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Todd Snider Marks 30 Years With Remade Albums, Secret “Files”

Todd Snider
Brian Blauser
Todd Snider

Music scenes make their stamp on history through an uncontrollable and semi-magical alignment of artists and creators, venues, fans, and neighborhoods. But they also need characters. And if somebody writes a book about East Nashville’s epic 21st century journey as one of the greatest (and longest-lasting) music scenes in America, Todd Snider ought to be the main character - on the cover, on page one, and in the epilogue.

Snider, possibly the greatest solo songwriting raconteur of the past quarter century, blends an eye for truth with a delight in the absurd. As East Nashville’s musical mayor and its hippie Hemingway, it’s impossible to imagine the character of 37206 without him. And now, after building a virtual ark for sanity during the pandemic with The Get Together online series, the most innovative album of his career (First Agnostic Church of Hope And Wonder), a live collection (Return Of The Storyteller), and an acclaimed release of the shelved 2007 album Crank It, We’re Doomed, Snider has revealed his latest concepts to the world.

Last Friday, the rascal poet launched his new “All My Songs” project, more formally named Aimless Records Presents: Songs For The Daily Planet – Recorded at The Purple Building. It began with an all-new, solo version of his 1994 debut Songs From The Daily Planet, with its career-making songs “Alright Guy,” “Easy Money,” and “Talkin’ Seattle Grunge Rock Blues.” Then every month until December, Snider will release Todd’s Versions of every album in his catalog as part of a year-long celebration of his 30th anniversary of record-making. The collections were recorded during 2020 and 2021 as part of Snider’s online shows from his beloved, psychedelic headquarters at 107 N. 11th Street at Five Points. By year’s end, all eleven of them will be on the streaming services or available for free download at ToddSnider.net.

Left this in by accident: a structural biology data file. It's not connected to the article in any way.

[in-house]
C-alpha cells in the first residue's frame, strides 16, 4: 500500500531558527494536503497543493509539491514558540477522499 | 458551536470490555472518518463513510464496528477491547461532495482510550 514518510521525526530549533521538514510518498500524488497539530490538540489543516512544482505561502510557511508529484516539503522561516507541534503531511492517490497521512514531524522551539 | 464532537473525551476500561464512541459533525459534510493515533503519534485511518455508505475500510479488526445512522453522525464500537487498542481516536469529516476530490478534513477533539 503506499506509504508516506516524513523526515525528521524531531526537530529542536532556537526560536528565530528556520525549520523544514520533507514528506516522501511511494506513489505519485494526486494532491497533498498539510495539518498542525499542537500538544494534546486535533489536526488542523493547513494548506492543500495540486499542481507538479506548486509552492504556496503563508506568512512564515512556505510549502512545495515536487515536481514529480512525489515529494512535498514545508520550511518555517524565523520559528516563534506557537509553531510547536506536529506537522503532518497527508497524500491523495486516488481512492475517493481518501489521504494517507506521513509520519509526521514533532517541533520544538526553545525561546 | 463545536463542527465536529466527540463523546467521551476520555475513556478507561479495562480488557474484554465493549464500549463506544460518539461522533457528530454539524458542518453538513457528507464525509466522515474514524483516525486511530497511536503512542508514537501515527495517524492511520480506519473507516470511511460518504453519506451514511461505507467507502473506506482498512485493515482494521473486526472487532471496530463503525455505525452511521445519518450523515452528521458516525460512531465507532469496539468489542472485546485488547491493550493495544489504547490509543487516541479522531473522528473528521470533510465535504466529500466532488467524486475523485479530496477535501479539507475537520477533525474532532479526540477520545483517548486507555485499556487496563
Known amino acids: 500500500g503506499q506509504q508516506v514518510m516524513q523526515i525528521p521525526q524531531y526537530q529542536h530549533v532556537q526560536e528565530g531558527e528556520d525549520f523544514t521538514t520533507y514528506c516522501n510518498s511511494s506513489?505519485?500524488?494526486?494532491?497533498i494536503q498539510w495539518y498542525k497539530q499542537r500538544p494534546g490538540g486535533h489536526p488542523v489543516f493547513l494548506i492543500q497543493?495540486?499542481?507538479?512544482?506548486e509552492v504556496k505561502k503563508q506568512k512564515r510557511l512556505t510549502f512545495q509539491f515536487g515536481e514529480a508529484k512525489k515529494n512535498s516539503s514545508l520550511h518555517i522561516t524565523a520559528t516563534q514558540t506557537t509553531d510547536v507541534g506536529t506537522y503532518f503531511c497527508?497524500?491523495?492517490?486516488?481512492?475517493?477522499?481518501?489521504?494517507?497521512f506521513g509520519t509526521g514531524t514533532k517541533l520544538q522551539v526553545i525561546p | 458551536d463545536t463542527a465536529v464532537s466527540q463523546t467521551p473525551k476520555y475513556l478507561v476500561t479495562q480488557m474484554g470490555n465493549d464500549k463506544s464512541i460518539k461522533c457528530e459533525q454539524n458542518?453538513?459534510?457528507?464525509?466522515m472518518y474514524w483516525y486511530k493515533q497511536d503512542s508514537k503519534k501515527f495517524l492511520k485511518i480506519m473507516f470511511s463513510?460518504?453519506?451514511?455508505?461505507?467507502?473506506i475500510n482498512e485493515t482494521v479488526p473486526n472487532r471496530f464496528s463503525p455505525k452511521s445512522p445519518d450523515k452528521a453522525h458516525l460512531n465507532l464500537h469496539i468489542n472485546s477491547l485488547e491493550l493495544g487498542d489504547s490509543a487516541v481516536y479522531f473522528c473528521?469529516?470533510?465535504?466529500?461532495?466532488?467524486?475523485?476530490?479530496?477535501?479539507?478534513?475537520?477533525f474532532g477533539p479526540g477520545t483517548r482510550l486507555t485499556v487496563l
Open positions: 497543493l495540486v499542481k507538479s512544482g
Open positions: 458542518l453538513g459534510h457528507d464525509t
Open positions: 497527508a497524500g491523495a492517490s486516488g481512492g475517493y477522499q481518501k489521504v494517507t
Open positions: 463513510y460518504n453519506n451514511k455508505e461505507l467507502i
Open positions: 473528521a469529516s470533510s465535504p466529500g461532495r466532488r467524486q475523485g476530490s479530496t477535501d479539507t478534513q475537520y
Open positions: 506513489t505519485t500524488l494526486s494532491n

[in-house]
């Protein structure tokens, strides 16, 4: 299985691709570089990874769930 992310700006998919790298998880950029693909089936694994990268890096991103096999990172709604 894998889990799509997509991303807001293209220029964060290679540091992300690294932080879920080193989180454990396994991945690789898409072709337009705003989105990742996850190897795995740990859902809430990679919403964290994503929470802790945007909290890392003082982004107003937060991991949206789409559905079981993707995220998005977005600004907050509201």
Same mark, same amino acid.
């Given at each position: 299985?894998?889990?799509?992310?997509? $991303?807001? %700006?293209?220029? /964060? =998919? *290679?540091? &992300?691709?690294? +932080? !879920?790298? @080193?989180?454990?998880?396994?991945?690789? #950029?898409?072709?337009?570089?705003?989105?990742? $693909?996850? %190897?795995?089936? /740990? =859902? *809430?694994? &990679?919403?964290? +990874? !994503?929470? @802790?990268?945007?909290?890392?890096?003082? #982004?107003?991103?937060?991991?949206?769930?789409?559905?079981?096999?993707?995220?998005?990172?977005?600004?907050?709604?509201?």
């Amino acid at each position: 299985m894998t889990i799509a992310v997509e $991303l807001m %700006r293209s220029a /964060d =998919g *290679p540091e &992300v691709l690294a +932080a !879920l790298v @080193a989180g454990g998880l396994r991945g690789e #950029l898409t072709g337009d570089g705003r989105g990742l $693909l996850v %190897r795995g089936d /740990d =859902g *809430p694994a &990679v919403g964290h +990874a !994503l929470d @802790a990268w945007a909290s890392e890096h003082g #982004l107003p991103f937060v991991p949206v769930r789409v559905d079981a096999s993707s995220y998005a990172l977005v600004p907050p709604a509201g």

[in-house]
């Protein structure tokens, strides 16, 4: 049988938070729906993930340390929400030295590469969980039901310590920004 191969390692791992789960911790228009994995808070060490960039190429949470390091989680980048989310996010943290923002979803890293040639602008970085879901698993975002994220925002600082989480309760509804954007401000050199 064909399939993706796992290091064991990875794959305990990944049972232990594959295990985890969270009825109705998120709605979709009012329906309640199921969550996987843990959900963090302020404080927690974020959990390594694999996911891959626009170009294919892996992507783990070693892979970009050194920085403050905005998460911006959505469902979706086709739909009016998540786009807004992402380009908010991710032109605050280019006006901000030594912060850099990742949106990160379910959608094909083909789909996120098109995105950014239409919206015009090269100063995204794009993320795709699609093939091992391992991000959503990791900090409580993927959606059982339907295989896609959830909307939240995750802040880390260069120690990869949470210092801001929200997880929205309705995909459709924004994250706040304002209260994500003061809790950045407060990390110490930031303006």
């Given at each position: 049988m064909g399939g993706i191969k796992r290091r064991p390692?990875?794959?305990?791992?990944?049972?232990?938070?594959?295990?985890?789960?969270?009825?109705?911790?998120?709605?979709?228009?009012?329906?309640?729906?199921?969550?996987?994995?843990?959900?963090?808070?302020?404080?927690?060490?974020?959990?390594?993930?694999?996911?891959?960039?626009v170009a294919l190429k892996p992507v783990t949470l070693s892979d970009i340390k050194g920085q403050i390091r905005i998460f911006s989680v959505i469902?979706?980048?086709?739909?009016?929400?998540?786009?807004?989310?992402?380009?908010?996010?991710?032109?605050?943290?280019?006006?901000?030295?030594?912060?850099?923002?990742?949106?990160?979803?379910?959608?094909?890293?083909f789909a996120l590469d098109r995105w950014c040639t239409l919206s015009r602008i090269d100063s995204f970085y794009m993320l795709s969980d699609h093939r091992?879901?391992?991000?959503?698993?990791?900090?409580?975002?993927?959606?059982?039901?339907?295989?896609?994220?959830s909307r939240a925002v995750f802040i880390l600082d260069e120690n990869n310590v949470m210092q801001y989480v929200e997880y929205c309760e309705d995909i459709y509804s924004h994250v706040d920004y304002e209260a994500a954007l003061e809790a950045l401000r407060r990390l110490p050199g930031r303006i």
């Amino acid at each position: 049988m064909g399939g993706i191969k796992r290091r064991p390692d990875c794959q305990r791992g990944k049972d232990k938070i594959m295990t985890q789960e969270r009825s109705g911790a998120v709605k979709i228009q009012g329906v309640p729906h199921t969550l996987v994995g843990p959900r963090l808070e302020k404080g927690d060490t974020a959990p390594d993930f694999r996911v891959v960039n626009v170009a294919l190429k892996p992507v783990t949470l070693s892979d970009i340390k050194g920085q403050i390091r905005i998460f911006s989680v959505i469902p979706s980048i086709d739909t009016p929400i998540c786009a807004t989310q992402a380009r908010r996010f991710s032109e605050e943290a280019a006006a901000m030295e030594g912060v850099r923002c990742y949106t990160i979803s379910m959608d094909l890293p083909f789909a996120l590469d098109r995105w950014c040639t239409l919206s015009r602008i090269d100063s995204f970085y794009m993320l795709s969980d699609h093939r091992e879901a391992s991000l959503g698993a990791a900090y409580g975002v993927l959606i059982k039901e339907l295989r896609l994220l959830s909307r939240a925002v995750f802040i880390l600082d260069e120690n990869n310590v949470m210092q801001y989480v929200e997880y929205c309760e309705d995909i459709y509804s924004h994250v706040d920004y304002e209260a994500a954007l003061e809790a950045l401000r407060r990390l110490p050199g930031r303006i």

There is also a premium component of this anniversary extravaganza - a subscription-based journal and content stream via Substack called The Snider Files written and edited by Nashville journalist Daryl Sanders.

“I was sitting on all this material,” Sanders told me. Because he’d invested time working on a book that was “aborted by the pandemic” in 2020. “I have recorded interviews with Todd about every single song he's ever written. Plus a lot of other stuff and interviews with 30 or so people who are part of his story over time.” This was built on a friendship that goes back almost 20 years, and Sanders has had a close eye on Todd’s evolving work for years.

Launched in December, The Snider Files includes exclusive interviews, strange and beautiful anecdotes, Snider’s beat poetry, unreleased mixes of songs, video and photography from fellow Todd Snider chronicler Stacie Huckeba, and who-knows-what as the year progresses. February included a riff by Todd about making a strategic plan in case he happens to meet Bob Dylan and a four-part ghost story about Johnny Cash, Loretta Lynn, and Snider’s band the Hard Working Americans that’s pure gold.

Sanders is a veteran scribe who writes regularly for the Nashville Scene. I covered him here as author of the Bob Dylan book That Thin Wild Mercury Sound: Dylan, Nashville, And The Making of Blonde On Blonde. He calls Snider “a really really great songwriter” who earned the sustained admiration of Jimmy Buffett (his first label head), John Prine (his label head later on), Billy Joe Shaver, Kris Kristofferson, Guy Clark and other legends. And like them, he’s larger than life and in just about all cases, funnier.

“What ultimately matters, and what's gonna live on, is his songs,” Sanders says. “But when I look at all the things that are connected to the songs, all the stories, it's like Led Zeppelin. I mean, it's these rock star stories.”

For those partaking only of the freely offered All My Songs recordings, the good news is there’s plenty of story there for you too, if Songs For The Daily Planet is any indication. It opens with a four-minute narration from Todd about writing his first song in Texas, getting turned on to the great songwriters, moving to Memphis, and landing a regular gig at the Daily Planet, and winning over the college rugby players who hung out there. With every song, it’s like hanging out with Todd Snider, and every right-thinking person wants to do that.

Release dates For “All My Songs”:

2/23 - Songs for the Daily Planet
3/29 - Step Right Up
4/26 - Viva Satellite
5/31 - Happy To Be Here
6/28 - New Connection
7/26 - East Nashville Skyline
8/30 - The Devil You Know
9/27 - Peace Queer / Excitement Plan / Eastside Bulldogs
(Crank It, We're Doomed)
10/25 - Agnostic Hymns & Stoner Fables
11/29 - Cash Cabin Sessions, Vol. 3
12/27 - First Agnostic Church of Hope and Wonder

Craig Havighurst is WMOT's editorial director and host of The String, a weekly interview show airing Mondays at 8 pm, repeating Sundays at 7 am. He also co-hosts The Old Fashioned on Saturdays at 9 am and Tuesdays at 8 pm. Threads and Instagram: @chavighurst. Email: craig@wmot.org